Your Plantation Prom Is Not Okay

Little, Brown. May 2023. 320p. Tr $18.99. ISBN 9780316449939.
Gr 8 Up–A white soap opera star purchases a Louisiana planation with plans to turn it into an event venue, spurring a neighboring Black teen out of her grief shell and into righteous indignation and action. Harriet Douglass is heading into senior year and reeling from her mother’s death from cancer. She lives with her depressed father, a historian, and busies herself working at her family’s museum, which honors and centers the narratives of the enslaved. Though she’s been working on grounding techniques and coping skills through talk therapy to help with her complex PTSD, Harriet’s anger and sadness overwhelm her, sometimes giving her amnesiac events fueled by what she thinks of as her “rage monster.” The plantation next door becoming a place to hold weddings and proms (where guests can enjoy the romanticized “antebellum aesthetic”) is the last straw. Harriet teams up with Layla, an influencer and neighboring soap star Claudia’s rather fickle daughter, for sabotage through social media activism. Layla and Harriet, with the allyship of classmates and childhood-friend-turned-maybe-boyfriend, Dawn, hope to get Claudia and her plantation canceled. As she works with her community, Harriet realizes she’s not nearly as alone as she has felt. Though secondary characters are not nearly as richly developed as the impassioned Harriet, this is a well-written, insightful, and emotional look at healing, stewardship, action, shame, and traumatic grief.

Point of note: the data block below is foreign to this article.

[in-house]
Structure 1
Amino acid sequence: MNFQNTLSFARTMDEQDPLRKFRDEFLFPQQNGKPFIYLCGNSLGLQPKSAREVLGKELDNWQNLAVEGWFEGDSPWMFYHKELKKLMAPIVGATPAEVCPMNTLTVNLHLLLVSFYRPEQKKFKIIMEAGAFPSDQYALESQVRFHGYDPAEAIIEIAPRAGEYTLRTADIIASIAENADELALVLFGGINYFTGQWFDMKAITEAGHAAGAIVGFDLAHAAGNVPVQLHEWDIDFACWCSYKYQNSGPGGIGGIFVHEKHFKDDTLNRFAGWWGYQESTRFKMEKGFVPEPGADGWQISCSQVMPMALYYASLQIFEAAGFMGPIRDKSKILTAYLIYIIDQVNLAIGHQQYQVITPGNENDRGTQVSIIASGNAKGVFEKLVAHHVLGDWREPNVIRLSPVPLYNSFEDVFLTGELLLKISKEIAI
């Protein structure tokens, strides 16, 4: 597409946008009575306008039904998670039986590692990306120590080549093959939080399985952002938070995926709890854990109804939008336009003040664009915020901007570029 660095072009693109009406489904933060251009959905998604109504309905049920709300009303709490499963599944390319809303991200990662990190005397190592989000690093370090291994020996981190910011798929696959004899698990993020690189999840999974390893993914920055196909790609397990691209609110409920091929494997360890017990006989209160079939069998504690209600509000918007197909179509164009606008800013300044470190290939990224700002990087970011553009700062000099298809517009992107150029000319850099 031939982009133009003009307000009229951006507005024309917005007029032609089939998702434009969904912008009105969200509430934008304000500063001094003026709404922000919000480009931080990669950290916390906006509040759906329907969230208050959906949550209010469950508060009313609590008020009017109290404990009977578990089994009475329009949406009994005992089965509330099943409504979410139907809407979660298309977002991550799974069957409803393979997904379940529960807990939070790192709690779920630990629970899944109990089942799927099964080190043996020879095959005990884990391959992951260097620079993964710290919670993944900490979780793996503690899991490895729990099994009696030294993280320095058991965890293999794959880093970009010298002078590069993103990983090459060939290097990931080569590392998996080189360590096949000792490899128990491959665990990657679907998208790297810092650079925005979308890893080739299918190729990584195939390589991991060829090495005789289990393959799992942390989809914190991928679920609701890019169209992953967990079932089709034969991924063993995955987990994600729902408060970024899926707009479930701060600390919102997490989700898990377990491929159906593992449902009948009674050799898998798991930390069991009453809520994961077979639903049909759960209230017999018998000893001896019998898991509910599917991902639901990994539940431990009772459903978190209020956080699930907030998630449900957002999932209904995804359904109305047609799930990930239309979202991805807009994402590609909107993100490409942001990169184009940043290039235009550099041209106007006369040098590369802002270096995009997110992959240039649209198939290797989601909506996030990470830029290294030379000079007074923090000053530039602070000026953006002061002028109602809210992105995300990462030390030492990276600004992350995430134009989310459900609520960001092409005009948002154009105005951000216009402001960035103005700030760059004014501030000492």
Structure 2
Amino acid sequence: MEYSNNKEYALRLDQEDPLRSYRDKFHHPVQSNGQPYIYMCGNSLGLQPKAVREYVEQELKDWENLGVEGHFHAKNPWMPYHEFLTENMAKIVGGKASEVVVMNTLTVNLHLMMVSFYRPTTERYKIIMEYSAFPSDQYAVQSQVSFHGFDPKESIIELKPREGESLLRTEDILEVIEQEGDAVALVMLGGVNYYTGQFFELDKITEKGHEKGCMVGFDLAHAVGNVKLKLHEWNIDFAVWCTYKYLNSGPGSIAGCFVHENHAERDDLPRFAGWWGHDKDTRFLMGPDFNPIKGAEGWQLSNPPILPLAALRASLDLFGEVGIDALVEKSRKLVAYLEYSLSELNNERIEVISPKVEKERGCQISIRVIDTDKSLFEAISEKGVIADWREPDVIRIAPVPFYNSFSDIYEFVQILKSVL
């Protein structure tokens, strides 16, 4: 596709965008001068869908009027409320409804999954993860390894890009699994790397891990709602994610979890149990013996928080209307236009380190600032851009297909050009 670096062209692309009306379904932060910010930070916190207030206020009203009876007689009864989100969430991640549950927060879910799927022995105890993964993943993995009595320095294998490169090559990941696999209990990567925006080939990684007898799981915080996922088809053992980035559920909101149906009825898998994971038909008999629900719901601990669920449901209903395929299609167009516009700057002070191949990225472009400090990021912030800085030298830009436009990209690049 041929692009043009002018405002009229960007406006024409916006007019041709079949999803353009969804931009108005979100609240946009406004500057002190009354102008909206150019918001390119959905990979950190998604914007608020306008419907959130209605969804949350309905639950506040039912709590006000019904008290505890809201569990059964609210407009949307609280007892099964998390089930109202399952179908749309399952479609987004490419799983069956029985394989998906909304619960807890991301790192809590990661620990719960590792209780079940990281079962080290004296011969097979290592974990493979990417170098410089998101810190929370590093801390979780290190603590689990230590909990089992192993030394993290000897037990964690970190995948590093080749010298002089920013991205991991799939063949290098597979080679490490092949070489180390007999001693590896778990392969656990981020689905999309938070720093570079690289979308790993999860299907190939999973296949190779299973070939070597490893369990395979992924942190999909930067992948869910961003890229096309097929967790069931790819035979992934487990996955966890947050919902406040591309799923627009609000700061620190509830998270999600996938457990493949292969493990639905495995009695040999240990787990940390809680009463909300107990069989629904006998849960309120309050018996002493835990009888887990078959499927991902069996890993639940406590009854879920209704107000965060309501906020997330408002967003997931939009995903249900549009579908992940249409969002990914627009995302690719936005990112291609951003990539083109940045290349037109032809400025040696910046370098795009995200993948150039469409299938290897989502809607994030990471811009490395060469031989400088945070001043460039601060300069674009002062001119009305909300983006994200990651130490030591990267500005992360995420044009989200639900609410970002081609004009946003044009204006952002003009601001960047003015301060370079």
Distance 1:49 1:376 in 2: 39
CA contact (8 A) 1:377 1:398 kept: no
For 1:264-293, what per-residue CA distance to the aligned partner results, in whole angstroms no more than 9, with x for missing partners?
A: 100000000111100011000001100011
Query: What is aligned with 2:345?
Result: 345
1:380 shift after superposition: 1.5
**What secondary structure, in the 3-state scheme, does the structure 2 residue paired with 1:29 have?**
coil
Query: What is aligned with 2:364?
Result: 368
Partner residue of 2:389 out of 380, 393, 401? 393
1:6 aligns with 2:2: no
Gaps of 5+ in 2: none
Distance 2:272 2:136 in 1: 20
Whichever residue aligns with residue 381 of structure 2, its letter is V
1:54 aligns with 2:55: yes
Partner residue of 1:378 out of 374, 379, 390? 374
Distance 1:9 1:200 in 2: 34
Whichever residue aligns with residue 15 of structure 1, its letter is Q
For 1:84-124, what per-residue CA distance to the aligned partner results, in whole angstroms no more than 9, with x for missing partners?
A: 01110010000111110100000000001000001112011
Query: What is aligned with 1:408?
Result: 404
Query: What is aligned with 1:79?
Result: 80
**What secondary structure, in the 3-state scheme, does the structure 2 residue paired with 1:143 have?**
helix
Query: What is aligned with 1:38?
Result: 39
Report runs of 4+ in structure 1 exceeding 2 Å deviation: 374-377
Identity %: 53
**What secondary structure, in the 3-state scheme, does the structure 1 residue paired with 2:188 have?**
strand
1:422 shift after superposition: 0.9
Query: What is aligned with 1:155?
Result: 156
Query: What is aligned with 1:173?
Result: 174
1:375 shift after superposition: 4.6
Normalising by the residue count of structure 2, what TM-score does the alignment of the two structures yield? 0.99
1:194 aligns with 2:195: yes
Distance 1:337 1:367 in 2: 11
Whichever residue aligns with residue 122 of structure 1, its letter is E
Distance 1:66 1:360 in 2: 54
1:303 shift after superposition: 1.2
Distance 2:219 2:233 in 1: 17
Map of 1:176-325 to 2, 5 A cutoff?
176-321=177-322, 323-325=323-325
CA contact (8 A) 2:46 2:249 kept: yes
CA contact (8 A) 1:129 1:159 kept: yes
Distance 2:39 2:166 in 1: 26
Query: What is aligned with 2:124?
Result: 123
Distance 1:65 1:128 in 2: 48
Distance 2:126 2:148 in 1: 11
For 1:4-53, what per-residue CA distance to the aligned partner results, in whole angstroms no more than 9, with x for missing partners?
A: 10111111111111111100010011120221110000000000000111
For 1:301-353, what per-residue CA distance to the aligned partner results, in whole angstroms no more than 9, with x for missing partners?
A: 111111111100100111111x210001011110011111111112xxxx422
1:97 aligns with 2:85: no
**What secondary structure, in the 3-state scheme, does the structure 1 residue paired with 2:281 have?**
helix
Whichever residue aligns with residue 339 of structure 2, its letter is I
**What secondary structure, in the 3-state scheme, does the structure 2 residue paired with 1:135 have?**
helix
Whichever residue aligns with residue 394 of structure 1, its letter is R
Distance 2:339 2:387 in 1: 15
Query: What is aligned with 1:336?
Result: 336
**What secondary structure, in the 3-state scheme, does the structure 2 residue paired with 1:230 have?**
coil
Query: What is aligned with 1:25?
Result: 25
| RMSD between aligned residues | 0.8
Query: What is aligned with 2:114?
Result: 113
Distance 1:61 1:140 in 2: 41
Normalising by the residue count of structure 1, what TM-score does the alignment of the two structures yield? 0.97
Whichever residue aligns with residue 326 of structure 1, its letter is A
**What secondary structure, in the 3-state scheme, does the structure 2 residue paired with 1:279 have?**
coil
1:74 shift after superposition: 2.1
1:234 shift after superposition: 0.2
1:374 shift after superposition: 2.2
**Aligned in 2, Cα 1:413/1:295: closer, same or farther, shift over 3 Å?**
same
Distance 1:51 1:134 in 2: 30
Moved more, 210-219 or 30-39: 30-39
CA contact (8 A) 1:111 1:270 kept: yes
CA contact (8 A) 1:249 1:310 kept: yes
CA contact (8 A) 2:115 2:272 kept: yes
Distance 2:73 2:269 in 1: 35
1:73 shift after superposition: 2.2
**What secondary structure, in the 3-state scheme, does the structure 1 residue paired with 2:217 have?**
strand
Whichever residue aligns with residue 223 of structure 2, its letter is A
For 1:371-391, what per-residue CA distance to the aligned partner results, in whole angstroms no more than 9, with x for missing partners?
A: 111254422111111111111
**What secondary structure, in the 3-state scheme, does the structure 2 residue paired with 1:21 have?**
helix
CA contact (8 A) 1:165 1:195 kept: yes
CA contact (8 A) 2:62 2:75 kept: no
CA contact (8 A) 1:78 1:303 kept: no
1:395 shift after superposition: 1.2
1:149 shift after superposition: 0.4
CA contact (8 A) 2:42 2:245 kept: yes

VERDICT A powerful, unflinching look at the hard truths of the legacy of slavery, mental health issues, and the connection between medical neglect and racism.

Be the first reader to comment.

Comment Policy:
  • Be respectful, and do not attack the author, people mentioned in the article, or other commenters. Take on the idea, not the messenger.
  • Don't use obscene, profane, or vulgar language.
  • Stay on point. Comments that stray from the topic at hand may be deleted.
  • Comments may be republished in print, online, or other forms of media.
  • If you see something objectionable, please let us know. Once a comment has been flagged, a staff member will investigate.



We are currently offering this content for free. Sign up now to activate your personal profile, where you can save articles for future viewing